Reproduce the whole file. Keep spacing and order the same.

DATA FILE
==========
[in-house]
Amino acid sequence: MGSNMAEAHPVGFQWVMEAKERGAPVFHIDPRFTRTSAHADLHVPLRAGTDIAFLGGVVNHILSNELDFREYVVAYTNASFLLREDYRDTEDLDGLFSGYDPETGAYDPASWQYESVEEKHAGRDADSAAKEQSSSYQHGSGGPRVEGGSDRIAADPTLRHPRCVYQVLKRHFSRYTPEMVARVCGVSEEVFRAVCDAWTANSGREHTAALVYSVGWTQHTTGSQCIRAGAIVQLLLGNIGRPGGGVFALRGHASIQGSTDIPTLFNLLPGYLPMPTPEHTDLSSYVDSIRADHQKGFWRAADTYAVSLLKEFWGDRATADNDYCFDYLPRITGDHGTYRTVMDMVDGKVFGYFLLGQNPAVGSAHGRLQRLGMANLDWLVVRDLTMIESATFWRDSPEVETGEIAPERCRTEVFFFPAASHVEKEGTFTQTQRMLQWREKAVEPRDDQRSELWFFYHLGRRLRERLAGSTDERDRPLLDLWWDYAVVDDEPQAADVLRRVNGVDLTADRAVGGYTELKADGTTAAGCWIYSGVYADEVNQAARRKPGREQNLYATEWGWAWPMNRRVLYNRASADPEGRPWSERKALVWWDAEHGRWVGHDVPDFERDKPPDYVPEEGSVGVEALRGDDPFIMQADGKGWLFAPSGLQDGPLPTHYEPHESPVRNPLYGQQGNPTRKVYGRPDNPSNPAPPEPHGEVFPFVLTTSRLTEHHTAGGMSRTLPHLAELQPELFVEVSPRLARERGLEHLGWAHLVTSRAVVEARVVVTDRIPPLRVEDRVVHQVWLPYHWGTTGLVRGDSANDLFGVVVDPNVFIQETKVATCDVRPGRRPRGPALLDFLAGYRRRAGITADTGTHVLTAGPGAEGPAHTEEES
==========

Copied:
[in-house]
Amino acid sequence: MGSNMAEAHPVGFQWVMEAKERGAPVFHIDPRFTRTSAHADLHVPLRAGTDIAFLGGVVNHILSNELDFREYVVAYTNASFLLREDYRDTEDLDGLFSGYDPETGAYDPASWQYESVEEKHAGRDADSAAKEQSSSYQHGSGGPRVEGGSDRIAADPTLRHPRCVYQVLKRHFSRYTPEMVARVCGVSEEVFRAVCDAWTANSGREHTAALVYSVGWTQHTTGSQCIRAGAIVQLLLGNIGRPGGGVFALRGHASIQGSTDIPTLFNLLPGYLPMPTPEHTDLSSYVDSIRADHQKGFWRAADTYAVSLLKEFWGDRATADNDYCFDYLPRITGDHGTYRTVMDMVDGKVFGYFLLGQNPAVGSAHGRLQRLGMANLDWLVVRDLTMIESATFWRDSPEVETGEIAPERCRTEVFFFPAASHVEKEGTFTQTQRMLQWREKAVEPRDDQRSELWFFYHLGRRLRERLAGSTDERDRPLLDLWWDYAVVDDEPQAADVLRRVNGVDLTADRAVGGYTELKADGTTAAGCWIYSGVYADEVNQAARRKPGREQNLYATEWGWAWPMNRRVLYNRASADPEGRPWSERKALVWWDAEHGRWVGHDVPDFERDKPPDYVPEEGSVGVEALRGDDPFIMQADGKGWLFAPSGLQDGPLPTHYEPHESPVRNPLYGQQGNPTRKVYGRPDNPSNPAPPEPHGEVFPFVLTTSRLTEHHTAGGMSRTLPHLAELQPELFVEVSPRLARERGLEHLGWAHLVTSRAVVEARVVVTDRIPPLRVEDRVVHQVWLPYHWGTTGLVRGDSANDLFGVVVDPNVFIQETKVATCDVRPGRRPRGPALLDFLAGYRRRAGITADTGTHVLTAGPGAEGPAHTEEES